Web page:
Nebraska Travel Guide

Nebraska Travel Guide

Northern America

Nebraska is located in the middle of the Great Plains in the American Midwest. One of Nebraska’s slogans is “Where the West begins.” Its state capital is Lincoln, but its largest city is Omaha on the Missouri River.

“Shallow Water,” a Native American word for the Platte River that flows through the state, gave the area its name.

According to citypopulationreview.com, the nickname of the state is not “ Cornhusker State ” for nothing. On the flat land in Nebraska, there is a lot of agriculture, such as growing corn, in addition to animal husbandry. Another nickname, ” Middle of Nowhere,” derives from the endless expanse of land.

In 1867 Nebraska was admitted as the 37th state of the United States. Nebraska is bordered by South Dakota to the north, Iowa to the east, Missouri to the southeast, Kansas to the south, and Colorado and Wyoming to the west.

Personalities like the major investor Warren Buffet live in Nebraska. Former President Gerald Ford was also born here.

Recently, in May 2015, Nebraska became the 19th US state to abolish the death penalty.

Climate in Nebraska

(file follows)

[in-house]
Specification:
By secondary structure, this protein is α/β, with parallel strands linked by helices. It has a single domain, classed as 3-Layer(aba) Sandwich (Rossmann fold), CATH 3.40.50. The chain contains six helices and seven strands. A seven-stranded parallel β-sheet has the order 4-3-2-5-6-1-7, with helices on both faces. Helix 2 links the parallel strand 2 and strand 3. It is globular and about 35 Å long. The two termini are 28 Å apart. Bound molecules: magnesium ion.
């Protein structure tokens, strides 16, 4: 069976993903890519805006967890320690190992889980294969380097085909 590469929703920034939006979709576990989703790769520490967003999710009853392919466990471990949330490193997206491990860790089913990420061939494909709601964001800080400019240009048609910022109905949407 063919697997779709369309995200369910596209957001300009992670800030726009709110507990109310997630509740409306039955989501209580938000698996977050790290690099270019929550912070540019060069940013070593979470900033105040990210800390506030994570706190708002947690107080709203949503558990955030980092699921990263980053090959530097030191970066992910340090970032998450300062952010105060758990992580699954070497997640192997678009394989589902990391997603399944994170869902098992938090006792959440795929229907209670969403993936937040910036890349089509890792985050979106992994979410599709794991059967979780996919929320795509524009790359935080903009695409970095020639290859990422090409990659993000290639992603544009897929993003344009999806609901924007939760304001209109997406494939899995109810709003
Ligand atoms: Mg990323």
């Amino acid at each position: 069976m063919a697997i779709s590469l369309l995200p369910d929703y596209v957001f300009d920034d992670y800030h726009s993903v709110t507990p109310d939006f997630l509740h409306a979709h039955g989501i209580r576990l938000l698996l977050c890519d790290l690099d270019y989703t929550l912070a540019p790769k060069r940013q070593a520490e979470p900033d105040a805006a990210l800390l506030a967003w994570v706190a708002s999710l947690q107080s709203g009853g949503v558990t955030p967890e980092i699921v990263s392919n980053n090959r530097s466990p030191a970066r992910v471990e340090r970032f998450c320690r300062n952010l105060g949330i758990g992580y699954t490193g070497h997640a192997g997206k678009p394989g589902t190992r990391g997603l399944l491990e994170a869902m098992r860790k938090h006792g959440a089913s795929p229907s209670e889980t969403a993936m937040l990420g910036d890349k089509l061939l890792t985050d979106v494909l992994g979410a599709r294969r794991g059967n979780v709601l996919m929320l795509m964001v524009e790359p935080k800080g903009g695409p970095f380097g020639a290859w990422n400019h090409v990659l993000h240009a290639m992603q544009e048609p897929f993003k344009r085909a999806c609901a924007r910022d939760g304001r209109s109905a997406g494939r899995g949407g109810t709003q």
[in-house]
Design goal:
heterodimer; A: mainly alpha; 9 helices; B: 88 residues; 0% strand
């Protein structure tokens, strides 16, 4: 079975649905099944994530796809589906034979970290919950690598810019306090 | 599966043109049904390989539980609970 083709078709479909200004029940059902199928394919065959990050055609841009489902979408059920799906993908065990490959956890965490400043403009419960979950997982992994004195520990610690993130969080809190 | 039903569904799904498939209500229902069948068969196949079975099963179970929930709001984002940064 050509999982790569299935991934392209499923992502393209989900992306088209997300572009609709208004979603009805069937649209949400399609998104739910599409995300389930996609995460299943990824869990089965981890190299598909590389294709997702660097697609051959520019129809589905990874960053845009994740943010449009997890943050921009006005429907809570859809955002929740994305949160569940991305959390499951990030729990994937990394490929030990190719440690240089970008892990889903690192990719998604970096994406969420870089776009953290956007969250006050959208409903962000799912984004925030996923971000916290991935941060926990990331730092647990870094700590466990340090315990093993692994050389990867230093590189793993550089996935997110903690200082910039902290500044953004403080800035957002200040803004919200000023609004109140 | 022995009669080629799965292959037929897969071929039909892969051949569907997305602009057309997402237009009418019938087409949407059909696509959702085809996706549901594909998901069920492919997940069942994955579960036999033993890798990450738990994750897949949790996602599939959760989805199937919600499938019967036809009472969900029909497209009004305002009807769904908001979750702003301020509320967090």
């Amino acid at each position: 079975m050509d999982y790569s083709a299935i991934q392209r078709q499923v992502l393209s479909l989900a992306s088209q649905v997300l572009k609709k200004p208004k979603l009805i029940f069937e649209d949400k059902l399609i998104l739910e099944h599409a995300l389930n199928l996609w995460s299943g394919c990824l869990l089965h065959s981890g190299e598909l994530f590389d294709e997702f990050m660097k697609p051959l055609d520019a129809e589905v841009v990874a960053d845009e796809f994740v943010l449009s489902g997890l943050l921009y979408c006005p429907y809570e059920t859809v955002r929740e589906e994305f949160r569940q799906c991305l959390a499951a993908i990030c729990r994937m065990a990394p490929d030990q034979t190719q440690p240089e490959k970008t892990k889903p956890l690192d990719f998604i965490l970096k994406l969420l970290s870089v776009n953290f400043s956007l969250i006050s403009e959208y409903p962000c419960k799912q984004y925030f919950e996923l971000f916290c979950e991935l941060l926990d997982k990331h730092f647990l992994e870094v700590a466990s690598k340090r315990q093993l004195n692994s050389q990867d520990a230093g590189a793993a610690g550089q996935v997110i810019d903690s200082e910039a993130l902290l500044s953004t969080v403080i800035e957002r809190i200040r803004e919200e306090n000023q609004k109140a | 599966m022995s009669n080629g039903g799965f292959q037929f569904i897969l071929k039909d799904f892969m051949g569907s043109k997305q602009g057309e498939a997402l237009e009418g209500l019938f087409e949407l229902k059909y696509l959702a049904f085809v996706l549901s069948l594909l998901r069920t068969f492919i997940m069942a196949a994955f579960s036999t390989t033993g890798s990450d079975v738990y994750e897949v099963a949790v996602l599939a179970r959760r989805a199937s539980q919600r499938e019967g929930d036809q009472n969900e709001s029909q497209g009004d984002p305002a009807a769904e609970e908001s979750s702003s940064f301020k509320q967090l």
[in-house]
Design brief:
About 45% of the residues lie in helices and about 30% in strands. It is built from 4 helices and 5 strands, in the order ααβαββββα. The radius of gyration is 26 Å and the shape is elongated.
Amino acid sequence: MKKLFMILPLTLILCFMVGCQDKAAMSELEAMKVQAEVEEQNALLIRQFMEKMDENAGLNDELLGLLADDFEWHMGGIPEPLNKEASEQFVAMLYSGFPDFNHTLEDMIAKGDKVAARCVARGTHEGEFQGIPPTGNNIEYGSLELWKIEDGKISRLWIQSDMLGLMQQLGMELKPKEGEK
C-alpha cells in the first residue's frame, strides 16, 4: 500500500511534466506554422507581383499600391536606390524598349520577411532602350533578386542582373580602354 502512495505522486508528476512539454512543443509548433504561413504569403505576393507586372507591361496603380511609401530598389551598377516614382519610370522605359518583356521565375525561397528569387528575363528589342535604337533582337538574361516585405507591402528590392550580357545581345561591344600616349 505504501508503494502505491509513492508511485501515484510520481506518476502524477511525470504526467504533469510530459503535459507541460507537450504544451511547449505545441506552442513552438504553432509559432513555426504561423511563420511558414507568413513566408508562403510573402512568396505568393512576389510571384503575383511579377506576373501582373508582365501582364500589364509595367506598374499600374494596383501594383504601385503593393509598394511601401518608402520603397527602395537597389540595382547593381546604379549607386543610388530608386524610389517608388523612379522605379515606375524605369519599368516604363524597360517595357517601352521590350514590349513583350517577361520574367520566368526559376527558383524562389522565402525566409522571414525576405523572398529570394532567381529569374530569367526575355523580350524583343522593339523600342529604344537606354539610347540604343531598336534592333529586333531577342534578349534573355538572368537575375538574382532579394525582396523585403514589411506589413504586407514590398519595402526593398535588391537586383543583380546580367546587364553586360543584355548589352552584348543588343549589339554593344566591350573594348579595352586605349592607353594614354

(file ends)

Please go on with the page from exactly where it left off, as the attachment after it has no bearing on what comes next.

The climate in Nebraska has very different temperatures between winter and summer. There are hot summers and cold winters. Thunderstorms are common in the spring and summer months.

Nebraska is located in the so-called Tornado Alley, where several large and small tornadoes occur, especially in spring.

Nebraska attractions

There are three United States federal government national monuments in Nebraska: Agate Fossil Beds National Monument – a fossil site; Homestead National Monument of America – commemorating Homestead Act settlers and Scotts Bluff National Monument – a prominent landmark on major settler routes.

Many other attractions in Nebraska such as the Henry Doorly Zoo, the Sunken Gardens and the Joslyn Art Museum are popular here.

A must-see when visiting Nebraska are the traditional weekend rodeos in the cities of Omaha and Lincoln.

UNESCO World Heritage Sites

There are no UNESCO World Heritage Sites in the state of Nebraska.

Cities and larger towns in Nebraska

Omaha
Lincoln
Bellevue
Grand Island

Universities in Nebraska

Bellevue University
Chadron State College
Clarkson College
College of Saint Mary
Concordia University, Nebraska
Creighton University
Dana College
Doane College
Grace University
Hastings College
Midland Lutheran College
Nebraska Christian College
Nebraska Wesleyan University
Peru State College